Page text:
"There are six large bridges over this river."

Translation:E fölött a folyó fölött hat nagy híd van.

August 21, 2016

This discussion is locked.


"Hat nagy híd van e fölött a folyó fölött" was not accepted. Who knows why?


it should've been accepted, report it if you haven't done so yet, please. :)


"Efelett" and "felett" should also have been accepted


I agree. I used that in my answer too.


I am not clear about "e fölött" here.

I wrote, "Hat nagy híd van ez a folyó fölött" - which was marked wrong.

Isn't "ez a folyó fölött" actually another way of saying "e fölött a folyó fölött"?

Thanks in advance.


Just like how you would repeat a suffix (abban a folyóban), you have to repeat the postpositions too.

But yeah, that's long and we're lazy, so actually native speakers often shorten this structure the same way you did (I definitely do), which apparently isn't grammatically correct (yet...). So feel free to shorten it, but not on Duo and not in formal situations.

Speaking of formal, another option is to use ezen: ezen folyó fölött. But that's rare.


Two questions: Why or why not "Ez fölött..." rather than "E fölött..." and why or why not "...áll." rather than "...van."? Thanks in advance?


Just one of those odd rules in a "very regular" grammar. Basically for some completely unknown reason in this type of construction it suddenly switches to e/a before a consonant and ez/az before a vowel.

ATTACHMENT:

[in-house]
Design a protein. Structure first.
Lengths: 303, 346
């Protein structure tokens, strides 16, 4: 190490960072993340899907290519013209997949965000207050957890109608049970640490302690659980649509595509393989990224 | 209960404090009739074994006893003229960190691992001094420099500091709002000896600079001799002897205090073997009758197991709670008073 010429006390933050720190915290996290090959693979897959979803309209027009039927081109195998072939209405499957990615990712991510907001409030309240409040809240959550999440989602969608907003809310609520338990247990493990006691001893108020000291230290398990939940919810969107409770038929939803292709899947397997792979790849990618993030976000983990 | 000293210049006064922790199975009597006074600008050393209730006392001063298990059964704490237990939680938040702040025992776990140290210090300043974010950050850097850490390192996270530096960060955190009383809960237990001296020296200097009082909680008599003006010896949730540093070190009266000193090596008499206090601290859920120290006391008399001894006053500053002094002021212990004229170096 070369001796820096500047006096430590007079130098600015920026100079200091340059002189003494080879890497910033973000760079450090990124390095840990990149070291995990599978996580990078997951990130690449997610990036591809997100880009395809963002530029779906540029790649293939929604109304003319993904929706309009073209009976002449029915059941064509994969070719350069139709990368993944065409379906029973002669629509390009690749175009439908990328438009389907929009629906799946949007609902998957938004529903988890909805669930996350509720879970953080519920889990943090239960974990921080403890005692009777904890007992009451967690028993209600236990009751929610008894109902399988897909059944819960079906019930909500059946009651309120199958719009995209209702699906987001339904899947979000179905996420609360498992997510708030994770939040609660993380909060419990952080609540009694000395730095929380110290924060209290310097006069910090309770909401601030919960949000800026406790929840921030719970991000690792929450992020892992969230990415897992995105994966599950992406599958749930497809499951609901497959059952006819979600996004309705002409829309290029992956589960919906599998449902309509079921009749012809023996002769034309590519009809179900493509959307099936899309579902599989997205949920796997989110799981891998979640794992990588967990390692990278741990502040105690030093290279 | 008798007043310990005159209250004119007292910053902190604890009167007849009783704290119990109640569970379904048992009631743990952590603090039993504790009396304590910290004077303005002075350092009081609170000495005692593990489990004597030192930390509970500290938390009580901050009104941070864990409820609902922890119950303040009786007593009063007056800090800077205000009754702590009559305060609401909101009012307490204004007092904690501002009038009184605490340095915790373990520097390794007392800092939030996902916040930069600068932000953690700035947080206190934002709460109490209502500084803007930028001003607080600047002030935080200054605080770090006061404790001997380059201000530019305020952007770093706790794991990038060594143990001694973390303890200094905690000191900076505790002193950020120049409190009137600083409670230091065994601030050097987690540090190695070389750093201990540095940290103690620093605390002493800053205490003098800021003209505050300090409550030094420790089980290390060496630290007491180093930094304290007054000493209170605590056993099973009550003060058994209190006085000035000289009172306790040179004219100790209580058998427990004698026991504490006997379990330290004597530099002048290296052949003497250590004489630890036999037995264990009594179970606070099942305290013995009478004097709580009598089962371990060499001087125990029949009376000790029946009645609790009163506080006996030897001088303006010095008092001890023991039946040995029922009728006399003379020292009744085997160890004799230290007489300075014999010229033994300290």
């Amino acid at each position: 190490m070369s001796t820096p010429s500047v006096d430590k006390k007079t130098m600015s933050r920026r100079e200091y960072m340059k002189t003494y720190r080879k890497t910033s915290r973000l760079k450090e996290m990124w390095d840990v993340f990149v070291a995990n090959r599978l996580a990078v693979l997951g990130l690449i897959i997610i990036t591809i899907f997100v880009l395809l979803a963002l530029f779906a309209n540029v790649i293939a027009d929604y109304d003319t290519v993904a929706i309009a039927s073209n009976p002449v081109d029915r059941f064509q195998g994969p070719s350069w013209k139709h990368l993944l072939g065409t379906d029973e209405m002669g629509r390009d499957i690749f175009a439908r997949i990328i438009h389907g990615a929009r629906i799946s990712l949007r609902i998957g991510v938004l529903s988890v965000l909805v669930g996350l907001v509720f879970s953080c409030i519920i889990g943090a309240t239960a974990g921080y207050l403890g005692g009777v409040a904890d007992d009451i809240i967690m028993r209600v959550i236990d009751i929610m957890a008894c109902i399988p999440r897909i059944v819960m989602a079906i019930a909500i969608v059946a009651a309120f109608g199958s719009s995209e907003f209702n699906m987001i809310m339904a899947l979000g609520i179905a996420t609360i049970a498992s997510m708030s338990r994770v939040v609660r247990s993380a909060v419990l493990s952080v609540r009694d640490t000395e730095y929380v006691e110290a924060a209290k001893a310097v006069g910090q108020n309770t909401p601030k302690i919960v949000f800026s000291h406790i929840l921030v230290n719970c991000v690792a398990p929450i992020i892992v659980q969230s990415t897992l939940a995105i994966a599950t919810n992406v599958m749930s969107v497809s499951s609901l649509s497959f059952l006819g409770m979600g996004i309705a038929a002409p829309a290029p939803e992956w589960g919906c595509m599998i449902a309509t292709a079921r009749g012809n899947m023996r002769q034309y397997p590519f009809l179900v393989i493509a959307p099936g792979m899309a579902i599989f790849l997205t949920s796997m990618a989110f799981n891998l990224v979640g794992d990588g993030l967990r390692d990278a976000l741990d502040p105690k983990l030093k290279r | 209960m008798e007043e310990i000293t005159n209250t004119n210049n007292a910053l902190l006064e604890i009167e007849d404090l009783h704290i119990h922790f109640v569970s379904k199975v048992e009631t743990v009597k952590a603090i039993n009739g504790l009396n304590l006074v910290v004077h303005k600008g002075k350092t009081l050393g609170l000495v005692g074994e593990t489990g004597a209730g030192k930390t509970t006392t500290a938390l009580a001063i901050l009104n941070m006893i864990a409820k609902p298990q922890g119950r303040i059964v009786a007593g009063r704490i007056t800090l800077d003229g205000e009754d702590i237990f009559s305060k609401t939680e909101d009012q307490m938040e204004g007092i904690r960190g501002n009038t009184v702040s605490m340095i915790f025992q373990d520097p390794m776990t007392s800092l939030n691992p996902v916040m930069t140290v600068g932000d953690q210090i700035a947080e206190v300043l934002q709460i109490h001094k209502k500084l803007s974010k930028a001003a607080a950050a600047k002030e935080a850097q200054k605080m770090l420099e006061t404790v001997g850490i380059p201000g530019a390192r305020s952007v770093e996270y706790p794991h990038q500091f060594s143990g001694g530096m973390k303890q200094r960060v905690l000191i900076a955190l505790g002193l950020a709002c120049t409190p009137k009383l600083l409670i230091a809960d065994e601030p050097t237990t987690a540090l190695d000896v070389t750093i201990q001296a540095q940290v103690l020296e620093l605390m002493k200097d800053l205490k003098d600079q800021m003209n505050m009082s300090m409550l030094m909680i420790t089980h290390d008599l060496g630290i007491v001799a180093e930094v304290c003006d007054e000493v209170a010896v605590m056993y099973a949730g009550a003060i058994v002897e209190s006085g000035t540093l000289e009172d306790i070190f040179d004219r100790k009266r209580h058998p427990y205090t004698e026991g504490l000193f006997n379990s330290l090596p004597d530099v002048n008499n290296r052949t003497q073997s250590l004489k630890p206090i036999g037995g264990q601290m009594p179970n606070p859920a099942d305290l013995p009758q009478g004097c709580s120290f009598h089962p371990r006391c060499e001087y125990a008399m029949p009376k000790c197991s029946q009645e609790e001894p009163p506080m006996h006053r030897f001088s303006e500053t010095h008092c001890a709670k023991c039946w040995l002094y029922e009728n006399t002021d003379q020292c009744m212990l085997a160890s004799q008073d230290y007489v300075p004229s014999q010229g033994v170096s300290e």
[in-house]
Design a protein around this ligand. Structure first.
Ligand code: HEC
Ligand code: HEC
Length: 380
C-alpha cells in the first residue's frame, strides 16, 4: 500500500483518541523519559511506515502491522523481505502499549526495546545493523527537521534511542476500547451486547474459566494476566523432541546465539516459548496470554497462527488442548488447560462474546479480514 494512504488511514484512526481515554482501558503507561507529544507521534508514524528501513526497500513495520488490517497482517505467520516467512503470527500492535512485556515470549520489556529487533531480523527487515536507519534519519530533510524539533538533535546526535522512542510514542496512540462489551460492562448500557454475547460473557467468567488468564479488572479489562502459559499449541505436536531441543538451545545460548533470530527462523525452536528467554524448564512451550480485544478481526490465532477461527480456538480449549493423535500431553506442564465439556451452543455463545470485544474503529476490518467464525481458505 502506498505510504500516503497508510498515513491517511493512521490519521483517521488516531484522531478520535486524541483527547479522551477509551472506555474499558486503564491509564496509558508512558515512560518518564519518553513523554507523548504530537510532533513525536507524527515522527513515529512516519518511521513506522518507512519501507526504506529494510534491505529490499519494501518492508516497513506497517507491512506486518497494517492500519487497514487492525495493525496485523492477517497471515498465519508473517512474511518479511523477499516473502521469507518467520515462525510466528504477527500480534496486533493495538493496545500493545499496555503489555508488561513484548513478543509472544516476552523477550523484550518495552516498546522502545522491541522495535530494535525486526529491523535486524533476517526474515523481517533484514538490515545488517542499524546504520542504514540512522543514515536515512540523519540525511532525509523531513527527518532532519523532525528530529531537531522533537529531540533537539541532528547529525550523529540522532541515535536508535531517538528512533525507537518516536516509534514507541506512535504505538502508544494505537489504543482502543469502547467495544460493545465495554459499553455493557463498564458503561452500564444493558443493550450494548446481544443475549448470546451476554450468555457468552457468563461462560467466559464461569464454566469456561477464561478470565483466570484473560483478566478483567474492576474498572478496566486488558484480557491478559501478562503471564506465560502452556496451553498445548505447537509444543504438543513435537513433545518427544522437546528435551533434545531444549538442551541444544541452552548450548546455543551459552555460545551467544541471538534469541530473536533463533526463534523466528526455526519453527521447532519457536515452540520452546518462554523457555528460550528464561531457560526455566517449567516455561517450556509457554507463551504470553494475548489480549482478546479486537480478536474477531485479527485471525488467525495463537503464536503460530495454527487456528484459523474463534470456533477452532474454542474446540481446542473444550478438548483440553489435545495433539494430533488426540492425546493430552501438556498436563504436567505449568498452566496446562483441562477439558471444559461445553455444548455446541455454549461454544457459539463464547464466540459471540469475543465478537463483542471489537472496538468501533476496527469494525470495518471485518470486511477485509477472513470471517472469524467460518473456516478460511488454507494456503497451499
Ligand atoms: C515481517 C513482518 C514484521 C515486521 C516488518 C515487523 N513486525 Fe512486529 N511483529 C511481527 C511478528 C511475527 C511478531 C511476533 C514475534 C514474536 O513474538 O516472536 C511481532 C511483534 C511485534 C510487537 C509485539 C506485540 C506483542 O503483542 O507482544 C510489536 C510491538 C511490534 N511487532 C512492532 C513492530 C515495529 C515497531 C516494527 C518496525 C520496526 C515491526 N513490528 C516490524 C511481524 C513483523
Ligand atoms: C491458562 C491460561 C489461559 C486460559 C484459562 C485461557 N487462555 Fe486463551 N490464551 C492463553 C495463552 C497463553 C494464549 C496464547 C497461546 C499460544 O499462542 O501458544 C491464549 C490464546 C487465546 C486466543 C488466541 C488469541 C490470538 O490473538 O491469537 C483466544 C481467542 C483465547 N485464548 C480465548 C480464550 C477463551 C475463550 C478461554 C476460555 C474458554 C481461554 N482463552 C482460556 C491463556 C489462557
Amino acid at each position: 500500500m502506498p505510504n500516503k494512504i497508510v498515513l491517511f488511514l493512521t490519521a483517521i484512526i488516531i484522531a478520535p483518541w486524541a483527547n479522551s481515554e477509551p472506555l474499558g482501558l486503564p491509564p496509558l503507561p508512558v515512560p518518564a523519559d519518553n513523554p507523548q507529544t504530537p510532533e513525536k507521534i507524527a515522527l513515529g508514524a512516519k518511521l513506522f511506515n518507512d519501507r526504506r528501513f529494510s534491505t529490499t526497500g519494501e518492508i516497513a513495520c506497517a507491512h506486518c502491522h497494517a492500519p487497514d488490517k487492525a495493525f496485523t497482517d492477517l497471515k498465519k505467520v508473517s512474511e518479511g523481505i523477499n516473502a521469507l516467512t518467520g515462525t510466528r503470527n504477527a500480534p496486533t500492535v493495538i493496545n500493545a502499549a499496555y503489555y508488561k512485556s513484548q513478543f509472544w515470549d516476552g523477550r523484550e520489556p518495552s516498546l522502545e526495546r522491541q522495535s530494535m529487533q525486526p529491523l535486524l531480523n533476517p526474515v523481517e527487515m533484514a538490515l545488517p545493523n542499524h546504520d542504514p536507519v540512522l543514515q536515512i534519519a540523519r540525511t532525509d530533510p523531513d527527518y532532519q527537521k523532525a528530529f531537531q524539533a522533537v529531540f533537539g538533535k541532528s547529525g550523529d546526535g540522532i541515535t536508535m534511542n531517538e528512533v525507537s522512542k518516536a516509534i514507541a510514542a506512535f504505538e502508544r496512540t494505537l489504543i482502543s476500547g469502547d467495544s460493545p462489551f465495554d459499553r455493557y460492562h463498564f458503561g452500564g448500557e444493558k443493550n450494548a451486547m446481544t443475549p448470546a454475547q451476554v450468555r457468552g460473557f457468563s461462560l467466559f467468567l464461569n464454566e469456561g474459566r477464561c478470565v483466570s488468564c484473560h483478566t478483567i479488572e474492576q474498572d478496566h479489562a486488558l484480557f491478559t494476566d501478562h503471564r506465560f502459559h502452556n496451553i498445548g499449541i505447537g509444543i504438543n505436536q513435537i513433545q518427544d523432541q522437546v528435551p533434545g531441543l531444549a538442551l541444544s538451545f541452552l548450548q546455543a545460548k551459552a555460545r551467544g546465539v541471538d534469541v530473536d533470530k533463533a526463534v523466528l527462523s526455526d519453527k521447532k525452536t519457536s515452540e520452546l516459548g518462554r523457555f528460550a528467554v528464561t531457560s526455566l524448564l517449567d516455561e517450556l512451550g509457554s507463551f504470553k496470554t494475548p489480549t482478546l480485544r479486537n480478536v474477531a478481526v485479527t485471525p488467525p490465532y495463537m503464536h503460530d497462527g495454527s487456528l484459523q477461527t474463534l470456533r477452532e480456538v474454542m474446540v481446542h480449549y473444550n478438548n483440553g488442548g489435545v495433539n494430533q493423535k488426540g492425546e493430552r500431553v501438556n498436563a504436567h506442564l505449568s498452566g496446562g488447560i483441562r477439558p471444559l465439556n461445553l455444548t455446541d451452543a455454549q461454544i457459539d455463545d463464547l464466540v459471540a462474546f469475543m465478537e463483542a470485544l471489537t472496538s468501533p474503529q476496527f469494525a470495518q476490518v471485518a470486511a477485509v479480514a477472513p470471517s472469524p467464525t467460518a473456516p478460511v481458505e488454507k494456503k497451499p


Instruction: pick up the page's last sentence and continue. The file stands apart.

Is "ezen a folyón" wrong?


use of e and a.Does not seem like following ez and az use


So when I put "van" for the "szekreny" just being there I was marked wrong. Now I put "all" for the bridges and it was supposed to be "van." Is there a way to know the difference of when something is just existing verses standing?


This translation makes no sense to me. E folott a folyo folott hat nagy hid van


a folyó - the river
a folyó fölött - over the river
Ez a folyó - this river
E fölött a folyó fölött - over this river


Complaint #9 in "Choices 2"

I got burned with E fölött a folyó fölött hat nagy hidak vannak. What's weird is, I did the opposite in a similar sentence - and also got burned with "hat nagy hid van"


@JohnWeber. With numbers you don’t use the plural, so where you got burned was hat Nagy hid not hat nagy hidThere is a lesson to do with numbers


De igen :). Fortunately, I have improved in this area since then :)


what is the meaning of "E"?


what is the meaning of "E"?



Can someone help me with this repetition thing? "E fölött a folyó fölött..." - why do we repeat "fölött" here? And how do we know where the repetition goes?

I've been trying really hard to find some kind of pattern, but got nowhere. I'm very much confused with this not just in this sentence but in general.


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